The meaning of nonsense.
ABSTRACT To ensure the accuracy of gene expression, eukaryotes have evolved several surveillance mechanisms. One of the best-studied quality control mechanisms is nonsense-mediated mRNA decay (NMD), which recognizes and degrades transcripts harboring a premature translation-termination codon (PTC), thereby preventing the production of faulty proteins. NMD regulates approximately 10% of human mRNAs, and its physiological importance is manifested by the fact that approximately 30% of disease-associated mutations generate PTCs. Although different mechanisms of PTC recognition have been proposed for different species, recent studies in Saccharomyces cerevisiae, Drosophila melanogaster, Caenorhabditis elegans, plants and mammals suggest a conserved model. Here, we summarize the latest results and discuss an emerging model for NMD and its implications for the regulation of gene expression.
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ABSTRACT: Alternative pre-mRNA splicing is a major mechanism contributing to the proteome complexity of most eukaryotes, especially mammals. In less complex organisms, such as yeasts, the numbers of genes that contain introns are low and cases of alternative splicing (AS) with functional implications are rare. We report the first case of AS with functional consequences in the yeast Yarrowia lipolytica. The splicing pattern was found to govern the cellular localization of malate dehydrogenase, an enzyme of the central carbon metabolism. This ubiquitous enzyme is involved in the tricarboxylic acid cycle in mitochondria and in the glyoxylate cycle, which takes place in peroxisomes and the cytosol. In Saccharomyces cerevisiae, three genes encode three compartment-specific enzymes. In contrast, only two genes exist in Y. lipolytica. One gene (YlMDH1, YALI0D16753g) encodes a predicted mitochondrial protein, whereas the second gene (YlMDH2, YALI0E14190g) generates the cytosolic and peroxisomal forms through the alternative use of two 3'-splice sites in the second intron. Both splicing variants were detected in cDNA libraries obtained from cells grown under different conditions. Mutants expressing the individual YlMdh2p isoforms tagged with fluorescent proteins confirmed that they localized to either the cytosolic or the peroxisomal compartment.DNA Research 02/2012; 19(3):231-44. · 5.16 Impact Factor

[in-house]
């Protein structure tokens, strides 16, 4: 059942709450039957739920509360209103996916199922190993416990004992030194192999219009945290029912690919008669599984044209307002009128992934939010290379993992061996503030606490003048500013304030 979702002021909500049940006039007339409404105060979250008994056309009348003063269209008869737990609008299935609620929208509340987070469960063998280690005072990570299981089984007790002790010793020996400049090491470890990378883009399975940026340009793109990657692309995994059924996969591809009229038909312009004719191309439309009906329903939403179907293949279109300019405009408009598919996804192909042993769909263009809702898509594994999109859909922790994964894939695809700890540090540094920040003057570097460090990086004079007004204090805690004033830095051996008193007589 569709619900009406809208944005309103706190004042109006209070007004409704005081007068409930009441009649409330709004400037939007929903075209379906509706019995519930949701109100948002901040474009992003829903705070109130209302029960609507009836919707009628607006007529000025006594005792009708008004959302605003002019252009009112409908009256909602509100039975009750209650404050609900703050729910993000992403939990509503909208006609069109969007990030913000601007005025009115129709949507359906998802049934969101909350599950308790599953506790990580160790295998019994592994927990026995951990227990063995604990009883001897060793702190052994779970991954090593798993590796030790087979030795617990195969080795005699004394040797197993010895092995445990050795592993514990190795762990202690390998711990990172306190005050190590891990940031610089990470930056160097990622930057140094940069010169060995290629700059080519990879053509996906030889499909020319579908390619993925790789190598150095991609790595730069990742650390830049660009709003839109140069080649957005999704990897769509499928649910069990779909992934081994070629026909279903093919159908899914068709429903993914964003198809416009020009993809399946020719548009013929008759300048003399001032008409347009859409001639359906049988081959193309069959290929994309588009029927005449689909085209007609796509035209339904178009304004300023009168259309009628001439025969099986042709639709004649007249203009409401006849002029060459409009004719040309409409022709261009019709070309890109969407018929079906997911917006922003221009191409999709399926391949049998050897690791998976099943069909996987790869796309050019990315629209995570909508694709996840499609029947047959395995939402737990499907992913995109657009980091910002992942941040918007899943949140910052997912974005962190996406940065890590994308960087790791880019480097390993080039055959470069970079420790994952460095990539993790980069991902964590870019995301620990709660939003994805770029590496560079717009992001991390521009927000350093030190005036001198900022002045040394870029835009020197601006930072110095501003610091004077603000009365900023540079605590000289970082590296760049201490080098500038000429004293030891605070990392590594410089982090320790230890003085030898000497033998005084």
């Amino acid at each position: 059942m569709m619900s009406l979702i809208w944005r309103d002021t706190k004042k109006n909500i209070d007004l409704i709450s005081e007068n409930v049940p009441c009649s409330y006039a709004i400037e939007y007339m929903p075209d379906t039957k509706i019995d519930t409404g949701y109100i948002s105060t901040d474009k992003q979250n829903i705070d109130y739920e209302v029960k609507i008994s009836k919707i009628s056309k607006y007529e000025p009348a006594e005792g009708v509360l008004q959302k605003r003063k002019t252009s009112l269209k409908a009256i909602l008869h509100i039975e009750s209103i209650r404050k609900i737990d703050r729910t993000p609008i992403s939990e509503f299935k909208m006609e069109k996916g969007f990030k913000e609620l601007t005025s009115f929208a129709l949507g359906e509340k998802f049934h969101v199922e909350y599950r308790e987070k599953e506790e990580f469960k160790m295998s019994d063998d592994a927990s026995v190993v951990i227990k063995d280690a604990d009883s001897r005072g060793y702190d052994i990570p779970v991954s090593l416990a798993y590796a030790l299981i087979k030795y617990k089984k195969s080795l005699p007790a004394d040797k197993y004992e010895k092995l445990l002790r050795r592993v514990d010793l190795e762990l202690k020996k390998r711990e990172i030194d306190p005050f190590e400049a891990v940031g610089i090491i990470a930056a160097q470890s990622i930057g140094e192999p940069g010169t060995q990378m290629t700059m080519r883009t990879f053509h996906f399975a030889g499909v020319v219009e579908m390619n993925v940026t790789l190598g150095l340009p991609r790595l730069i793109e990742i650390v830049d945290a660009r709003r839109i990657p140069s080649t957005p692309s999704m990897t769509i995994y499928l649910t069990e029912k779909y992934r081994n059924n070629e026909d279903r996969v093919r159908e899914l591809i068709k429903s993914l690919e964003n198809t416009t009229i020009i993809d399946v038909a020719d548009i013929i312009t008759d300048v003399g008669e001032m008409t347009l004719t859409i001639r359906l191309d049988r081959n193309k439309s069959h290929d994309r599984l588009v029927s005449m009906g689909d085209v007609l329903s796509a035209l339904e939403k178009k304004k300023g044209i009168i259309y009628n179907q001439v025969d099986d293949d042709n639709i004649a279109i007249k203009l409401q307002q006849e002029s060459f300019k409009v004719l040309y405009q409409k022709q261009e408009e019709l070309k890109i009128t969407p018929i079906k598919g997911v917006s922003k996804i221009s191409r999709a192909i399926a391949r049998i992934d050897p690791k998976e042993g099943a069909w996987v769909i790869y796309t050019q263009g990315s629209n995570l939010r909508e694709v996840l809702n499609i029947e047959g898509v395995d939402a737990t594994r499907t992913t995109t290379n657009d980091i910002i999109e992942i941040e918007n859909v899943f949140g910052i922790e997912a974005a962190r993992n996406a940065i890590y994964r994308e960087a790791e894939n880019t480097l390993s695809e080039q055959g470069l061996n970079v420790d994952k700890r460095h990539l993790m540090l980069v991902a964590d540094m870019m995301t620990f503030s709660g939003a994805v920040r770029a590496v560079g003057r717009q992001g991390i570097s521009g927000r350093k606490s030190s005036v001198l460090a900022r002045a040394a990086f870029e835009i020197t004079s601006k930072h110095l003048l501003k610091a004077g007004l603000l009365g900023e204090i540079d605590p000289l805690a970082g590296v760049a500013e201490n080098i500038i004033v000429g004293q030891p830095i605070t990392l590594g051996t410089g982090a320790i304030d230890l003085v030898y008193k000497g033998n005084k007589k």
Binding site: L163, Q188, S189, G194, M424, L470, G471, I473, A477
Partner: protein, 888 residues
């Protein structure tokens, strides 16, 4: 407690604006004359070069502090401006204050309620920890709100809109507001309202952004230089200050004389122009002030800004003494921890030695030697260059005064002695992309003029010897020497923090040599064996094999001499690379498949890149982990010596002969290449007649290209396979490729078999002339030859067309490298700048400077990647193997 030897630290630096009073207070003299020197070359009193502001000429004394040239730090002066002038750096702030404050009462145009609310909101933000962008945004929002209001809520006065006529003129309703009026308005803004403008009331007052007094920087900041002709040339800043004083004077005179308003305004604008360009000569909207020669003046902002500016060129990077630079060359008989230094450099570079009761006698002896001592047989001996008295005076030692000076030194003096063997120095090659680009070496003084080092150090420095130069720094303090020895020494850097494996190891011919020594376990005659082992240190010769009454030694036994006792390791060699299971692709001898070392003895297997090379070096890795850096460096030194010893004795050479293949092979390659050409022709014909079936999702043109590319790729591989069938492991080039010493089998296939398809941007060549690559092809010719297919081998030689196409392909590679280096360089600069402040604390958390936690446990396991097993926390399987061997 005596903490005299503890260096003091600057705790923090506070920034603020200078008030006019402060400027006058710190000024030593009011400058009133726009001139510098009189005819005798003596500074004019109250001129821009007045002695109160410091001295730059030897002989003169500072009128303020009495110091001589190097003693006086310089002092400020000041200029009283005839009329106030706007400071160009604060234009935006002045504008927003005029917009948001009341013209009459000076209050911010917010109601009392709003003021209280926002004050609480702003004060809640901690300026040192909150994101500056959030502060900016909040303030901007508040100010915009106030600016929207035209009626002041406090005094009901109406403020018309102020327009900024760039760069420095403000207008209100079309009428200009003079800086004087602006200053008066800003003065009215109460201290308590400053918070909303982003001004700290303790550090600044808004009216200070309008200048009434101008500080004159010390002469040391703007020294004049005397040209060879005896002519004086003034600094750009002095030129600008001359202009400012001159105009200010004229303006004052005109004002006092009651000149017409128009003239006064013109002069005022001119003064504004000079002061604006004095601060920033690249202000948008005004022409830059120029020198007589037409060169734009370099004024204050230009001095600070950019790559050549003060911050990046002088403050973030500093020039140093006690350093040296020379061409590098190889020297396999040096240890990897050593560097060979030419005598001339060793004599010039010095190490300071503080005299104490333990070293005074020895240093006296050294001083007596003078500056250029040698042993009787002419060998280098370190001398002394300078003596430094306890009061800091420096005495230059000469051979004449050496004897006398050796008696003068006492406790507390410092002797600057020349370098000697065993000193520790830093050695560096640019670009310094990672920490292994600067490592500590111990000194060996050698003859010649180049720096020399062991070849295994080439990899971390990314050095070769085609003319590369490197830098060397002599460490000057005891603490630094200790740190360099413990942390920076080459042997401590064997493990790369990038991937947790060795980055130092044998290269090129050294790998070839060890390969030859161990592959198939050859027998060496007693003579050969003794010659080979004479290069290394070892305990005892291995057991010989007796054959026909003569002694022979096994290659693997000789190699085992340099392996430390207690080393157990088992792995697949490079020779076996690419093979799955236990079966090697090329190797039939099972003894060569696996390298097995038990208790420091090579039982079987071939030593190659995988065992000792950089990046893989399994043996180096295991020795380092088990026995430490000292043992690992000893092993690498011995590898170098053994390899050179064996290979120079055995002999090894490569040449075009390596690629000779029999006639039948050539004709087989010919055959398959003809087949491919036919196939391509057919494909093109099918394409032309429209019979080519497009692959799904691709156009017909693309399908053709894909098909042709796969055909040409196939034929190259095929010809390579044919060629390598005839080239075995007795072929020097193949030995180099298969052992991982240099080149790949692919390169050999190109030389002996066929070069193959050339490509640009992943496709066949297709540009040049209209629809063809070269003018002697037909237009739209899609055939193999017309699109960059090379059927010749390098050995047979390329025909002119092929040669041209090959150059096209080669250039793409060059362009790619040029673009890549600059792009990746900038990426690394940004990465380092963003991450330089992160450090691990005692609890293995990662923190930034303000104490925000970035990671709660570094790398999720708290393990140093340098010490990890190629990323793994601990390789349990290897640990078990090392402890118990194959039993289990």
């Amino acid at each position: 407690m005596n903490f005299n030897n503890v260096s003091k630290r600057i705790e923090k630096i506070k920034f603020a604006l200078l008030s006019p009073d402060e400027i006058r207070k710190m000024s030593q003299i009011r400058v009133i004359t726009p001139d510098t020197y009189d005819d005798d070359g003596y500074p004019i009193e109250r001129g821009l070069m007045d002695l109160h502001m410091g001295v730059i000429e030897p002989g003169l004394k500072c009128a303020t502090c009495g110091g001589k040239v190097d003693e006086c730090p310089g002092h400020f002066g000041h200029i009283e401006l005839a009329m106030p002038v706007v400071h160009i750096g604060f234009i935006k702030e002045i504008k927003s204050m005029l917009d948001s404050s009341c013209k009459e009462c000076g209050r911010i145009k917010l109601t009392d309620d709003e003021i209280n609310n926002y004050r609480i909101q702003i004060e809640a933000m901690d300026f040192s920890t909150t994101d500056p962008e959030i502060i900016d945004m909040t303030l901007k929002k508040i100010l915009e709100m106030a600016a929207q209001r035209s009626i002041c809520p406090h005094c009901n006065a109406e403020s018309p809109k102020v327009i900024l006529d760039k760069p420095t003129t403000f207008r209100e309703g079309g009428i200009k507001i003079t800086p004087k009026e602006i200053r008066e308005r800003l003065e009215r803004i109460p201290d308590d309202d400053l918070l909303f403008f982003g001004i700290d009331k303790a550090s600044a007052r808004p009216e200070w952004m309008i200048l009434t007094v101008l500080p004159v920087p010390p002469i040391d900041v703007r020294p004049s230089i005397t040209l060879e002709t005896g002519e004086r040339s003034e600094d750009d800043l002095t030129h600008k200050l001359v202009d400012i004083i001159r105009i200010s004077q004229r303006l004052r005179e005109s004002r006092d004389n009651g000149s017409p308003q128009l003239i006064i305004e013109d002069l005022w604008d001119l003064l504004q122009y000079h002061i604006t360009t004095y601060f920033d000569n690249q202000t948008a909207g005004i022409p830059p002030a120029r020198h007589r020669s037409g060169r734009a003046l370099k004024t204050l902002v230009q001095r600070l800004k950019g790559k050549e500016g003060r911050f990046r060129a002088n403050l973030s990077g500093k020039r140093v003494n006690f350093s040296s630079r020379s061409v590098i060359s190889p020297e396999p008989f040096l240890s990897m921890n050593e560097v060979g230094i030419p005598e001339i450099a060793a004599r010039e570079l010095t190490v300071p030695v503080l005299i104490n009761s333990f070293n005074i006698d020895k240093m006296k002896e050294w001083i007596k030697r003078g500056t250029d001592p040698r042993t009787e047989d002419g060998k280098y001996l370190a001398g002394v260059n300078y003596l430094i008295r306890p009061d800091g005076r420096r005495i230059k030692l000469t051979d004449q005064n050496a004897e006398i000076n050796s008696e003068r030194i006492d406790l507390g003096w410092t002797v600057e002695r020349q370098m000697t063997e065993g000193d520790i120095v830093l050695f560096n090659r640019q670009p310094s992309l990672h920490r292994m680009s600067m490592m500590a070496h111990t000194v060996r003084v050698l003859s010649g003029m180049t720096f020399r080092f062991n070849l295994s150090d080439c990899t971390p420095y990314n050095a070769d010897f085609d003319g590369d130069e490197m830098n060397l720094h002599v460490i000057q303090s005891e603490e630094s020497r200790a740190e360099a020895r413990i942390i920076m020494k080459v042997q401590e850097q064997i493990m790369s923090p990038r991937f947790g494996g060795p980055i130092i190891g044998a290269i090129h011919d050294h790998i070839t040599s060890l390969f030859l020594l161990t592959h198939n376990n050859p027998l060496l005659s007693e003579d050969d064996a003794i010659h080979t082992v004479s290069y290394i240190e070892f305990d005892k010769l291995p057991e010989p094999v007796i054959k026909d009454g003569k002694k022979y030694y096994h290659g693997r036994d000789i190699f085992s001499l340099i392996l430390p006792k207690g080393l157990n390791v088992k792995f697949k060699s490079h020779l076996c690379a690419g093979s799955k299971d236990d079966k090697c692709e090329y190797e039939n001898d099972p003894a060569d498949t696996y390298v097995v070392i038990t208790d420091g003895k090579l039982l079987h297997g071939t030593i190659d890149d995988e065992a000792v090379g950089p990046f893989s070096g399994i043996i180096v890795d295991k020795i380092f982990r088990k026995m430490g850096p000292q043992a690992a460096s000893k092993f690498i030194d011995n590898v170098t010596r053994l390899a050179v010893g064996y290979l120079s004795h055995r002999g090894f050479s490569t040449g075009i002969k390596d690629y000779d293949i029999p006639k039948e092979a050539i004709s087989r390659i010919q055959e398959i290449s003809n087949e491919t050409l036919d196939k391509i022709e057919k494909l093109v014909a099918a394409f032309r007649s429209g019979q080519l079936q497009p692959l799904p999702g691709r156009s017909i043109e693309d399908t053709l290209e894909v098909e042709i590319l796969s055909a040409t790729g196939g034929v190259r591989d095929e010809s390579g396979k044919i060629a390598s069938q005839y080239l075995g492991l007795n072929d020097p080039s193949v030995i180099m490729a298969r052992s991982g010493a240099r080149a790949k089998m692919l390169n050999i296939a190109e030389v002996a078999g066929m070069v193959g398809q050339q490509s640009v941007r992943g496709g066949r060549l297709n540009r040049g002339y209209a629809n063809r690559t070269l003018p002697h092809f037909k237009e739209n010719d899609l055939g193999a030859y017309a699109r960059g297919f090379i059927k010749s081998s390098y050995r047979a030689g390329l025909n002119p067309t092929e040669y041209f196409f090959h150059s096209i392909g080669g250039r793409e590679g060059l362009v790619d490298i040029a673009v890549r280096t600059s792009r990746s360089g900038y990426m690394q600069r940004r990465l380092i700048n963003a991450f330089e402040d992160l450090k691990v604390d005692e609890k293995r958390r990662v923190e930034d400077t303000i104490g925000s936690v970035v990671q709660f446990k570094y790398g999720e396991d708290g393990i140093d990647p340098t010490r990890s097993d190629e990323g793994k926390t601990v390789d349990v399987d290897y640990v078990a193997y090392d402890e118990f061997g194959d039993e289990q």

Article: Cytoplasmic and nuclear quality control and turnover of single-stranded RNA modulate post-transcriptional gene silencing in plants.[show abstract] [hide abstract]
ABSTRACT: Eukaryotic RNA quality control (RQC) uses both endonucleolytic and exonucleolytic degradation to eliminate dysfunctional RNAs. In addition, endogenous and exogenous RNAs are degraded through post-transcriptional gene silencing (PTGS), which is triggered by the production of double-stranded (ds)RNAs and proceeds through short-interfering (si)RNA-directed ARGONAUTE-mediated endonucleolytic cleavage. Compromising cytoplasmic or nuclear 5'-3' exoribonuclease function enhances sense-transgene (S)-PTGS in Arabidopsis, suggesting that these pathways compete for similar RNA substrates. Here, we show that impairing nonsense-mediated decay, deadenylation or exosome activity enhanced S-PTGS, which requires host RNA-dependent RNA polymerase 6 (RDR6/SGS2/SDE1) and SUPPRESSOR OF GENE SILENCING 3 (SGS3) for the transformation of single-stranded RNA into dsRNA to trigger PTGS. However, these RQC mutations had no effect on inverted-repeat-PTGS, which directly produces hairpin dsRNA through transcription. Moreover, we show that these RQC factors are nuclear and cytoplasmic and are found in two RNA degradation foci in the cytoplasm: siRNA-bodies and processing-bodies. We propose a model of single-stranded RNA tug-of-war between RQC and S-PTGS that ensures the correct partitioning of RNA substrates among these RNA degradation pathways.Nucleic Acids Research 03/2013; · 8.03 Impact Factor
Article: Alternative splicing and nonsense-mediated decay modulate expression of important regulatory genes in Arabidopsis.[show abstract] [hide abstract]
ABSTRACT: Alternative splicing (AS) coupled to nonsense-mediated decay (NMD) is a post-transcriptional mechanism for regulating gene expression. We have used a high-resolution AS RT-PCR panel to identify endogenous AS isoforms which increase in abundance when NMD is impaired in the Arabidopsis NMD factor mutants, upf1-5 and upf3-1. Of 270 AS genes (950 transcripts) on the panel, 102 transcripts from 97 genes (32%) were identified as NMD targets. Extrapolating from these data around 13% of intron-containing genes in the Arabidopsis genome are potentially regulated by AS/NMD. This cohort of naturally occurring NMD-sensitive AS transcripts also allowed the analysis of the signals for NMD in plants. We show the importance of AS in introns in 5' or 3'UTRs in modulating NMD-sensitivity of mRNA transcripts. In particular, we identified upstream open reading frames overlapping the main start codon as a new trigger for NMD in plants and determined that NMD is induced if 3'-UTRs were >350 nt. Unexpectedly, although many intron retention transcripts possess NMD features, they are not sensitive to NMD. Finally, we have shown that AS/NMD regulates the abundance of transcripts of many genes important for plant development and adaptation including transcription factors, RNA processing factors and stress response genes.Nucleic Acids Research 11/2011; 40(6):2454-69. · 8.03 Impact Factor